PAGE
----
Mark Jackson, the head coach for the Golden State Warriors, was fired May 6 after spending three season with the Warriors.
The Detroit Pistons are in search for both a new general manager and a new head coach. While many fans would love to see Jackson manning the sidelines in Auburn Hills, the Pistons would be wise to let Jackson coach somewhere else.
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Over the last three seasons, Jackson improved the Warriors’ record each year and finished with a career record of 121-109, making the playoffs in two out of the three seasons.
Jackson won one playoff series against the Denver Nuggets, but failed to beat the Los Angeles Clippers and San Antonio Spurs in his other two opportunities, and finished with a career playoff record of 9-10.
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Why Did Jackson Get Fired?
Jackson improved each season with the Warriors, but he reportedly had several problems with both his staff and management.
According to Adrian Wojnarowski from Yahoo! Sports, Jackson refused to practice with his players, lacked solid game preparation and feuded with his assistant coaches.
Jackson attempted to fire assistant coach Brian Scalabrine in front of his players for no legitimate reason and CBS Sports reported that Jackson did not want NBA legend and Warriors’ front office executive Jerry West to attend practices.
Jackson was unsuccessful in getting Scalabrine fired, but instead he was demoted to the coaching staff of the Warriors’ D-League affiliate.
Jackson also had problems with assistant coach Darren Erman, who many considered to be a defensive guru and a huge asset to the Warriors’ bench. The tension was so high between the two that Erman’s parking spot was moved to a more inconvenient location at the Warriors facility.
Erman was fired from the Warriors for allegedly recording a conversation between the coaching staff just a few weeks before the playoffs began.
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Jackson had problems off the court, but he did manage to take the Warriors to the playoffs two years in a row, a place that the Pistons have not seen in five years.
The greatest part about Jackson’s coaching style is how close he gets with his players.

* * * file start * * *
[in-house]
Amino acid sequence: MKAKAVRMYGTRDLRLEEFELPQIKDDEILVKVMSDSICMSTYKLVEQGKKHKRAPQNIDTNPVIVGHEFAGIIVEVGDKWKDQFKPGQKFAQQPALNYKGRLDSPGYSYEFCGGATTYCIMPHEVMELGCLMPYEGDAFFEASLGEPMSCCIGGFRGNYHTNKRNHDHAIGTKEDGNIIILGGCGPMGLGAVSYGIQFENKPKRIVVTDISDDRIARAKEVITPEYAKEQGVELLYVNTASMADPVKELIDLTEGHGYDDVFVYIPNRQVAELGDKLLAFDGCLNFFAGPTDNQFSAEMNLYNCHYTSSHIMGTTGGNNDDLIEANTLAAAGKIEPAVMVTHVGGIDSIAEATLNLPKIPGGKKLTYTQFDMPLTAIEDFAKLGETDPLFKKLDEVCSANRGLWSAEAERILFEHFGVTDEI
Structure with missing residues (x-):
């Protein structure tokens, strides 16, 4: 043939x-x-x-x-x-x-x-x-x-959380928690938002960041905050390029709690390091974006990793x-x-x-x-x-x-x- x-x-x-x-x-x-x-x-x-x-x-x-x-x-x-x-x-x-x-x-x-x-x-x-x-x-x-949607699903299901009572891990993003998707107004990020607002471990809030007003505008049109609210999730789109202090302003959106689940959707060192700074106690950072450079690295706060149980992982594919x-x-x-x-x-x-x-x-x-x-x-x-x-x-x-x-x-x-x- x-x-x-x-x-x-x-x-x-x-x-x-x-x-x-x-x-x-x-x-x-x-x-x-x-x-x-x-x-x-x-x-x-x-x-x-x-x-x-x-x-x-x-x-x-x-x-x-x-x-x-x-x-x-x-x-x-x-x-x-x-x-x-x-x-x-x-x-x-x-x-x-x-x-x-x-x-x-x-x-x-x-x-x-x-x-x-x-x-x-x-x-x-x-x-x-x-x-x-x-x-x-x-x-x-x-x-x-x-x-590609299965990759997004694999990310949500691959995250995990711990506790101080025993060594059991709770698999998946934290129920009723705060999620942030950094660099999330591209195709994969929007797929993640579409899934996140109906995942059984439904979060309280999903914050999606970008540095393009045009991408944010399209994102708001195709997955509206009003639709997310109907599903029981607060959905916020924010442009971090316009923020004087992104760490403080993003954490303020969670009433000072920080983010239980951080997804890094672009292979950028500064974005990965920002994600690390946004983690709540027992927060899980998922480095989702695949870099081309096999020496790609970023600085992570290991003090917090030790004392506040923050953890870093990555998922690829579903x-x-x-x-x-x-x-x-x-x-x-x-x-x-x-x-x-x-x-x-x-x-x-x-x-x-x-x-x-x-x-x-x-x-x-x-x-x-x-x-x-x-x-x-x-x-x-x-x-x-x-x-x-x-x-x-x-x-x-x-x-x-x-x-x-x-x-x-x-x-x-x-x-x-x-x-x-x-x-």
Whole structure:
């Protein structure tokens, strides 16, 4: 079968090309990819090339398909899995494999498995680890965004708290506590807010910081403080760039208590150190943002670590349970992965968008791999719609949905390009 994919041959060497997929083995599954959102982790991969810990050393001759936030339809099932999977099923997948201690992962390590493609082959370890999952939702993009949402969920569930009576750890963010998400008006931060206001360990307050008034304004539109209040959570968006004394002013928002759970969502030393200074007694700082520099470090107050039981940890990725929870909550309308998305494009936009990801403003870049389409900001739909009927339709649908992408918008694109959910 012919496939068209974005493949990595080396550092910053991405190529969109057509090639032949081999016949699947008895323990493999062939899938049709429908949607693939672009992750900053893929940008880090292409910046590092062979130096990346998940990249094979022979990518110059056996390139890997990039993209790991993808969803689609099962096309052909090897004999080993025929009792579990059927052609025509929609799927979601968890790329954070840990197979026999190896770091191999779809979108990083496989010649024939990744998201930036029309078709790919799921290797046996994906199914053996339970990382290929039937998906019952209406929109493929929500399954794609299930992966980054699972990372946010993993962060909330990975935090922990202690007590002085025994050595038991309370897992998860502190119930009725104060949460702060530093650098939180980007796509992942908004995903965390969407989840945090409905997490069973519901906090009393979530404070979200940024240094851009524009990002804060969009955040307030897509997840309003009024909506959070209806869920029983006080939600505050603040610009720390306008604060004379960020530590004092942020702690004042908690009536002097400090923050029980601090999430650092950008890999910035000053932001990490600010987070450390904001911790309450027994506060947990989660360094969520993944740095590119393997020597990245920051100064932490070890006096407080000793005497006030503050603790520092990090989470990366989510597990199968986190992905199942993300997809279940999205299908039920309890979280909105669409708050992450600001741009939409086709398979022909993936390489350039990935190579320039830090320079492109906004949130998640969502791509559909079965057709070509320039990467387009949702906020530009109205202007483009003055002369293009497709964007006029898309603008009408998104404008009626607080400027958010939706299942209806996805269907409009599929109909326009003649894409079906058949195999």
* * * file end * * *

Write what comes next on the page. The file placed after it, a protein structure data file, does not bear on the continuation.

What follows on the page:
Stephen Curry, Golden State’s perennial all-star guard, talked to the media about his coach being on the hot seat.
“I love coach more than anybody, and I think for him to be in a situation where his job is under scrutiny and under question is totally unfair,” Curry said.
Curry said he would be surprised if Jackson was let go, and it has yet to be reported how the young star and his fellow teammates are taking the news.
The Pistons have had problems in the past with feuds between coaches and players, so the idea of Jackson having the type of connection that he had with his Warriors players with the Pistons players would be a welcoming sight.
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The Pistons could use a coach with playoff experience, but Jackson underachieved in 2013-14 and exited the playoffs with a first round loss.
Jackson also could be the product of a coach being helped out by his superstar. In 48 games without Stephen Curry, Jackson managed to go 14-34.
During his three year tenure, Jackson failed miserably against teams with a winning record, going only 52-83.
Jackson is experienced in coaching a system that goes through the teams’ guards, not their big men. The Pistons need a coach that can get the most out of Andre Drummond and make sure he develops to his fullest potential.
The Warriors heading into the offseason have a much more talented roster than Detroit, and although Jackson built the Warriors into contenders, he was also the beneficiary of the Warriors’ front office making several big time acquisitions such as signing swingman Andre Iguodala.
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If the Pistons are going to regain prominence in the Eastern Conference, they need to make sure they have unity between their players, coaches and management.
Jackson should get another head coaching opportunity and could go on to be very successful, but Detroit does not need the drama that Jackson will bring.
Cameron Billes is the host of Horsepower for Impact Sports.